3. ^ "Increase in Yields in Rental Market Reported". Tipperary Star. 7 January 2009. Archived from the original on 11 May 2012. Retrieved 13 March 2014.
  4. ^ Joyce, Patrick Weston (1906). A Smaller Social History of Ancient Ireland. London: Longman Green & Co. pp. 335.
  5. ^ Lewis, Samuel (1837). A Topographical Dictionary of Ireland. London: S Lewis & Co.
  6. ^ a b Price, Liam (1949). The Place-name of County Wicklow. Dublin: Dublin Institute for Advanced Studies. pp. 128–129.
  7. ^ Department of Posts and Telegraphs (1923). List of Irish Post Offices - Saorstát Éireann. Dublin: Department of Posts and Telegraphs. p. 39.
  8. ^ "The Battle of Baltinglass". irishtimes.com. Irish Times. 1 July 2000. Retrieved 28 March 2020.
  9. ^ "The fiery Battle of Baltinglass in 1950". Wicklow People. Independent News & Media. 16 March 2019. Retrieved 28 March 2020.
  10. ^ "Baltinglass (Ireland) Census Town". citypopulation.de. Retrieved 28 March 2020.
  11. ^ "Kelly leads the way as Baltinglass prevail". irishtimes.com. Irish Times. 12 November 2007.
  12. ^ "A Brief History of Baltinglass GAA club". Baltinglass GAA Club. Archived from the original on 4 July 2008. Retrieved 7 January 2009.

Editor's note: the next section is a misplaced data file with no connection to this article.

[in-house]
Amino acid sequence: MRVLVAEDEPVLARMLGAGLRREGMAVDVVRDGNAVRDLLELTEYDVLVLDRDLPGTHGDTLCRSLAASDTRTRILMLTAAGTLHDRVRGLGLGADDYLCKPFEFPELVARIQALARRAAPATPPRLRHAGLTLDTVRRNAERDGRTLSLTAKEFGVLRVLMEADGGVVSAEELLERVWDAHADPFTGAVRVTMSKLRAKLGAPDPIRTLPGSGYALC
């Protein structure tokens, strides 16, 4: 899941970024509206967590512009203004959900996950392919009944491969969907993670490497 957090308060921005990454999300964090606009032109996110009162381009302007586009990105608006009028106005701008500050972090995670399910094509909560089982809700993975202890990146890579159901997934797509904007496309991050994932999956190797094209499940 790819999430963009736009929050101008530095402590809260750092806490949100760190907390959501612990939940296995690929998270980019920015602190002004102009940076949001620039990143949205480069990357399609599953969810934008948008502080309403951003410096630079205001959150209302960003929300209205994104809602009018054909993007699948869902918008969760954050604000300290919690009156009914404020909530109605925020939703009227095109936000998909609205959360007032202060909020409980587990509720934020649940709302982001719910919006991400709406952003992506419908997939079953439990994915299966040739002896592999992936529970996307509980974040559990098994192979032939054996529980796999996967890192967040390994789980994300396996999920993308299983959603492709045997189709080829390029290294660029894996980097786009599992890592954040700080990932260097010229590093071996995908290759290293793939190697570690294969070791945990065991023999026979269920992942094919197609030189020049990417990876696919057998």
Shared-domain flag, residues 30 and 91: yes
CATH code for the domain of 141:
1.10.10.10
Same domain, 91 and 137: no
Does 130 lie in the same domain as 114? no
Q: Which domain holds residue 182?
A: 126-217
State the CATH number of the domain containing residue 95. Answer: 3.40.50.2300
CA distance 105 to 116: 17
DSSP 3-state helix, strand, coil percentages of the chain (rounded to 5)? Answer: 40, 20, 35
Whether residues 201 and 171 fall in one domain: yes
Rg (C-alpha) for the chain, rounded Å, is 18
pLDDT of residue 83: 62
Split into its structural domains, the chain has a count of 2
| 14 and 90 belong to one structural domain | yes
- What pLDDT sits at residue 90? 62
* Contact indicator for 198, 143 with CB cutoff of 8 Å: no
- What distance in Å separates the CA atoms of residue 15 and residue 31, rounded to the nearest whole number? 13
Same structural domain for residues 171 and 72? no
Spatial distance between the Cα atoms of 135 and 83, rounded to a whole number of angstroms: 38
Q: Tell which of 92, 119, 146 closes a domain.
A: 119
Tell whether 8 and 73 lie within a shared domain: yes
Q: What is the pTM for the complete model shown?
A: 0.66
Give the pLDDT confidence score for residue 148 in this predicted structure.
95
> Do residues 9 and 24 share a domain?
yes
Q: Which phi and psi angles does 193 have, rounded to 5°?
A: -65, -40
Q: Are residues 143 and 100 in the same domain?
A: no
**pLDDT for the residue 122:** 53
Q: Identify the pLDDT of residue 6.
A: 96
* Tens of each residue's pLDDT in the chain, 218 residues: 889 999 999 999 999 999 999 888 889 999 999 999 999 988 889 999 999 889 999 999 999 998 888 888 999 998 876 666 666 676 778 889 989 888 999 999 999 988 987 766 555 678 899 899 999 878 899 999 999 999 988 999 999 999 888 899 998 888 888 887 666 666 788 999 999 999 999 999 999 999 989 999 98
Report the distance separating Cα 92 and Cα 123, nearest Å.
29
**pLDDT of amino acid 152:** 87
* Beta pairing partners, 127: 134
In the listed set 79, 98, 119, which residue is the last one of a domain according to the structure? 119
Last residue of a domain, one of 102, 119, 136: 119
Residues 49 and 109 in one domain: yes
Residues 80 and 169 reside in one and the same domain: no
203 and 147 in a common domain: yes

13. ^ Ayres, Bob (2003). "Irish Railway Stations" (PDF). Railscot. Archived (PDF) from the original on 26 September 2007. Retrieved 11 September 2007.
  14. ^ "Baltinglass". eiretrains.com. Retrieved 3 October 2016.
  15. ^ Last, Jane (9 November 2009). "DJ Nikki off the air as mystery virus strikes". Evening Herald. Retrieved 10 November 2009.
  16. ^ Fanning, Tim (2020). Don Juan O'Brien. Cork University Press. p. 185. ISBN 9781782053828. Retrieved 30 April 2020.
  17. ^ "Kevin amongst Leinster's finest". Wicklow People. 15 July 2009. Archived from the original on 16 July 2011. Retrieved 19 March 2010.
  18. ^ "Clues that point to the prime suspect in a 20-year mystery". independent.ie. Independent News & Media. 19 August 2018. Retrieved 30 March 2020.
  19. ^ "Billy Timmins TD: Personal Details". Fine Gael. Archived from the original on 1 March 2009. Retrieved 19 March 2010.